The presence of all but one of the Dublin EU candidates was not enough of an attraction for the general public, as the meeting hall was barely half full. So don't hold your breath waiting for a big poll on 11 June. However that did not stop the sparks flying, after some initial hesitation.
RTE's John Bowman was chair for the evening. He made a big deal out his attempts at fairness in ensuring all the candidates got equal speaking time. This did not stop him from displaying a range of facial expressions when speakers were making their contributions. Bowman gave us his incredulous raised eyebrow, his eyes cast to heaven, and on occasion a slightly smug countenance. Maybe this is what passes for political analysis in RTE these days.
Bowman asked each of the candidates to outline why they thought people should vote for them. Crowe said that he believed ``it is crucially important that Irish voters get a chance to vote for the Europe they want. It is only by electing strong hard working representative candidates who will stand up for Ireland's rights that real positive change will be achieved in restructuring and reforming the European Union''
``Sinn Féin wants to see an EU that is not a war monger but a genuine peace maker'' added Crowe, who also outlined some of the huge spending being run up by the U.S. and British Governments in their bombing of Serbia and Kosovo.
Prionsias De Rossa explained his U-turns on the EU by saying that we in Ireland had to cede sovereignty to the EU. Confessional-like, he told us ``I used to believe that Ireland could be a stand alone independent state'', but he now believed he had been wrong.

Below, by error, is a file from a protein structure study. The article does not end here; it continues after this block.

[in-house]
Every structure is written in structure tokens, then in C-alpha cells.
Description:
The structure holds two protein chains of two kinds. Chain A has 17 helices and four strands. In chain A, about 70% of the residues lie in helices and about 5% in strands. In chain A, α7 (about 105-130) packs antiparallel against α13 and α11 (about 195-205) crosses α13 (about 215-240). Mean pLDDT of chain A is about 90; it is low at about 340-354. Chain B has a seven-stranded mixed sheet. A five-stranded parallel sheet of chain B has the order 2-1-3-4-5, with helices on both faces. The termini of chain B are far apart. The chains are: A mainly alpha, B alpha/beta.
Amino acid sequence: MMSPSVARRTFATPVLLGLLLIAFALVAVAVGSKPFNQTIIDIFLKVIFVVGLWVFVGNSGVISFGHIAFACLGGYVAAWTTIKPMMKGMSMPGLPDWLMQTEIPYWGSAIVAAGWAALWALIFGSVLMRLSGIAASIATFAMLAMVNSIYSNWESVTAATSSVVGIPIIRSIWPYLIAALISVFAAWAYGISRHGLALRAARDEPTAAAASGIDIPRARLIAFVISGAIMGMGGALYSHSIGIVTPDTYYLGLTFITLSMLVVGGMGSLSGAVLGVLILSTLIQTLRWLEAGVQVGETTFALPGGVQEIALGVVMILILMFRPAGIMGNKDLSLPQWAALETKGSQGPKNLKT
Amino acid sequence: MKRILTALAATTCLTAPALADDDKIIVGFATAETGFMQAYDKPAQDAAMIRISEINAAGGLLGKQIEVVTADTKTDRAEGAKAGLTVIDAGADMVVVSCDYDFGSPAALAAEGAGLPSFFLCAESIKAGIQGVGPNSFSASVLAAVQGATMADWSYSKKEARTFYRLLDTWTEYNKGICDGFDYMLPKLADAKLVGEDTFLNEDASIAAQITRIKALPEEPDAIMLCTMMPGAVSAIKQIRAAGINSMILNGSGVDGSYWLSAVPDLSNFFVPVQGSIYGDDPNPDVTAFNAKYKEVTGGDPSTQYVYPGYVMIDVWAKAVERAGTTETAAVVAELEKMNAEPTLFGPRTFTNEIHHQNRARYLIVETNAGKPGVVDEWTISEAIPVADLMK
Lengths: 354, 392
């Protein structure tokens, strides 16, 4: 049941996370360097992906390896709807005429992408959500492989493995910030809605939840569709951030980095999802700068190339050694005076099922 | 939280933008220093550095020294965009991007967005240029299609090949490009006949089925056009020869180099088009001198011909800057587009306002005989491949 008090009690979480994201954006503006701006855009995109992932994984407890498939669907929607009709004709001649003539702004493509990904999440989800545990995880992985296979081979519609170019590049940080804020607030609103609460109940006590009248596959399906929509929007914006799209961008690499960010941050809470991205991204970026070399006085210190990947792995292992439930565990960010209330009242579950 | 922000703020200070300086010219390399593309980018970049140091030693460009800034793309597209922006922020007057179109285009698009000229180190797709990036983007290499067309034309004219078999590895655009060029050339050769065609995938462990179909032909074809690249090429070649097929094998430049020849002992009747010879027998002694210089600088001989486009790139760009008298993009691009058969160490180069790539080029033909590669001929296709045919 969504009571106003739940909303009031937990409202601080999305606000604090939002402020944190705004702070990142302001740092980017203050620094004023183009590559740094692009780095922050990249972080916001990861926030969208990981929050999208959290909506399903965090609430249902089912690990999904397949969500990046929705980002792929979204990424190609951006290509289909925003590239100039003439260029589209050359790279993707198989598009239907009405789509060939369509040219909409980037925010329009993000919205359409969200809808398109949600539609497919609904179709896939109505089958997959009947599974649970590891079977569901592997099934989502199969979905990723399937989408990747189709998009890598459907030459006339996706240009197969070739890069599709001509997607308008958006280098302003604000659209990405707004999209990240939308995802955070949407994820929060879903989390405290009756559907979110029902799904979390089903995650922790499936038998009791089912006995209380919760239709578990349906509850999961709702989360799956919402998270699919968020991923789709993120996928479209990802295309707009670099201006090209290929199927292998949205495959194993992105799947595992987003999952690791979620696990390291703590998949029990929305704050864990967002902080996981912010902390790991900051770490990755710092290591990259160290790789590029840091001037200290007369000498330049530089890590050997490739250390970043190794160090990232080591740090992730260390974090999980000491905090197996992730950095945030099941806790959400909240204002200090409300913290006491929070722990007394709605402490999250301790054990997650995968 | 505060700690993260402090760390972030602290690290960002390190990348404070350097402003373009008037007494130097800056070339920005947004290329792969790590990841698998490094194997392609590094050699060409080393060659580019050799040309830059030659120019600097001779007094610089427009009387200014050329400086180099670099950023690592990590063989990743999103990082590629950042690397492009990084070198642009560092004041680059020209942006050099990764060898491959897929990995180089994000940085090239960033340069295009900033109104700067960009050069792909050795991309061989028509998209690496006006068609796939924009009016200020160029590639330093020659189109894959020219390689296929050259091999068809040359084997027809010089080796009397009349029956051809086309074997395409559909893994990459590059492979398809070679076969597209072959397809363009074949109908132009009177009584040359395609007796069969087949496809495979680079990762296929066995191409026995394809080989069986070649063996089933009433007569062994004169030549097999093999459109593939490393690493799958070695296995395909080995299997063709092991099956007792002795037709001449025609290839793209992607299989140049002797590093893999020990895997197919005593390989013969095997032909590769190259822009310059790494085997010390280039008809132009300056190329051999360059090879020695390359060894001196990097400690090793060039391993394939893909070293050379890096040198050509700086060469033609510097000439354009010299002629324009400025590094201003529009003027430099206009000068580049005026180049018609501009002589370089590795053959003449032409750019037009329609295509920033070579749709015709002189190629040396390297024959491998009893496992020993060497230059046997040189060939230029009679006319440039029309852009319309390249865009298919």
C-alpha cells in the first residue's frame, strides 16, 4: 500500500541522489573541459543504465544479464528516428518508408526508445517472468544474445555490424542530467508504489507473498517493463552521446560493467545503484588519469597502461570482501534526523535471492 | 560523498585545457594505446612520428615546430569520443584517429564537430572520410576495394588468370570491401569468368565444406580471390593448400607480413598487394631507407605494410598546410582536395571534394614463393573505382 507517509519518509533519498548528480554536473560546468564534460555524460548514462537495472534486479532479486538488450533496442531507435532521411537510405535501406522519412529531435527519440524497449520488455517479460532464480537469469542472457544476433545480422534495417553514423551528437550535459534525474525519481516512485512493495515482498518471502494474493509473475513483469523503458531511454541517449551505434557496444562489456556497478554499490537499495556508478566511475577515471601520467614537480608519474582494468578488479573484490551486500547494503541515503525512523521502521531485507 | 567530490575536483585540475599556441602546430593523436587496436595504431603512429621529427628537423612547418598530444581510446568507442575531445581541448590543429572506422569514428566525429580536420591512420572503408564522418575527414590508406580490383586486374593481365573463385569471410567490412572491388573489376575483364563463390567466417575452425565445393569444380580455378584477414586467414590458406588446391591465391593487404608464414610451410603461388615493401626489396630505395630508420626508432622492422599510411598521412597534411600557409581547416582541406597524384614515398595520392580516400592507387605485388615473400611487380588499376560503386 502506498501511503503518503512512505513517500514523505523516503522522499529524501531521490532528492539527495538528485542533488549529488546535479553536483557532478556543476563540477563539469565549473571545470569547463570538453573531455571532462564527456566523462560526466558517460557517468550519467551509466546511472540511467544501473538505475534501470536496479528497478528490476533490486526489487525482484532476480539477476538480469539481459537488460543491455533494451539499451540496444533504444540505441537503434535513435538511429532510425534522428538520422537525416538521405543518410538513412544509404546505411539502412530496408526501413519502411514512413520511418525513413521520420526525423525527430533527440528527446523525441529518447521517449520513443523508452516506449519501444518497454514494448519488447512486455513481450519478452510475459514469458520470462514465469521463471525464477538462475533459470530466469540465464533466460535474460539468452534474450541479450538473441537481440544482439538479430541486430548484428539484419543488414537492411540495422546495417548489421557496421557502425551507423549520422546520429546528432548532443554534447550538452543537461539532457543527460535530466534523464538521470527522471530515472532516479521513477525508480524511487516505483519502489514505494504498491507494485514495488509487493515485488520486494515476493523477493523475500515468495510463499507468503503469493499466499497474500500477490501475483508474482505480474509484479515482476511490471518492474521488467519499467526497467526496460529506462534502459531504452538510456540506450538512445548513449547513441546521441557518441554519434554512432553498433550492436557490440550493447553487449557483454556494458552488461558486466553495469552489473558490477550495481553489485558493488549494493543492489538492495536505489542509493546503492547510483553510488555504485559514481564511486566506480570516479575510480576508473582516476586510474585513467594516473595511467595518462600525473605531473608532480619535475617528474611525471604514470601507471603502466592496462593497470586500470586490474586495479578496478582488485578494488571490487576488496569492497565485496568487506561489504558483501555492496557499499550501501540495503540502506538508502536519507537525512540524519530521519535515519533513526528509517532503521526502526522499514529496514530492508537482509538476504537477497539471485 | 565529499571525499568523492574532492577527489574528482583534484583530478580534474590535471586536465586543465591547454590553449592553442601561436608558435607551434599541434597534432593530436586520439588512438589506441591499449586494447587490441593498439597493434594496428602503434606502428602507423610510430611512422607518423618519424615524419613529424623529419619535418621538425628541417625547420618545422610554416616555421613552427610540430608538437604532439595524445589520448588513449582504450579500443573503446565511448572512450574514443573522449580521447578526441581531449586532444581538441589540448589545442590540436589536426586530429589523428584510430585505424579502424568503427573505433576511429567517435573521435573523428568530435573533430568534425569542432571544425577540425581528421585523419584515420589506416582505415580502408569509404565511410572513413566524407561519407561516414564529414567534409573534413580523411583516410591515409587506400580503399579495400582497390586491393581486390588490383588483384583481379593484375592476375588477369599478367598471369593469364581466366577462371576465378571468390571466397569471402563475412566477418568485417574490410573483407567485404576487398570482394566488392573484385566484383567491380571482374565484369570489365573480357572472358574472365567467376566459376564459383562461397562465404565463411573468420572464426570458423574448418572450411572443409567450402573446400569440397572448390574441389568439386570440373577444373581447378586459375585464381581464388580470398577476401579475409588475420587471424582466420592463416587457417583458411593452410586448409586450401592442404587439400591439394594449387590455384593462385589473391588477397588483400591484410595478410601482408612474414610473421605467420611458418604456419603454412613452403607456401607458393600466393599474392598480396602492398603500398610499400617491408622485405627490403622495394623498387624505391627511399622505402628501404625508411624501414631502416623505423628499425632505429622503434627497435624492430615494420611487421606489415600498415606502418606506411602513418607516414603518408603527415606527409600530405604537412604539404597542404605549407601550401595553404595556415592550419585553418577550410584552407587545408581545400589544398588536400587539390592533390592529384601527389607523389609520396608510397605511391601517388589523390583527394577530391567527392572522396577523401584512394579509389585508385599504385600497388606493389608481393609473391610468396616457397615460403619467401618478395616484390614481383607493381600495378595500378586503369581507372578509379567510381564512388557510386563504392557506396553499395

One wonders too about the type of EU favoured by Labour's Bernie Malone. She told the audience that there should be a referendum on participation in Partnership for Peace. We want to include the Balkan states in the EU and have them ``in that queue for enlargement''. Surely a Europe without queues is what we are aiming for?
Seán Crowe took questions from the floor asking about Sinn Féin's attitude towards the legalistion of drugs and ensuring equality for those enduring disability. He also contributed to a brief debate on neutrality and NATO's current bombing campaign.
Crowe sparked briefly with De Rossa, who claimed that Sinn Féin supports vigilantism. Crowe outlined Sinn Féin's record on tackling the drugs crisis, explaining clearly that Sinn Féin is the only party with a record of community involvment.
As John Bowman wrapped up proceedings and the crowd shuffled out, you couln't help but agree with Seán Crowe's assertion about washed up politicians. Ben Briscoe laboured on about his 34 years as a public representative. Mary Bannotti told us about her 15 years as an MEP in the same patronising manner she used to justify not having a referendum on Partnership for Peace membership. Jim Mitchell also gave us a report on his mileage clocked up as a public representative. It clearly is time to get rid of the turkeys and send a Crowe to Brussels.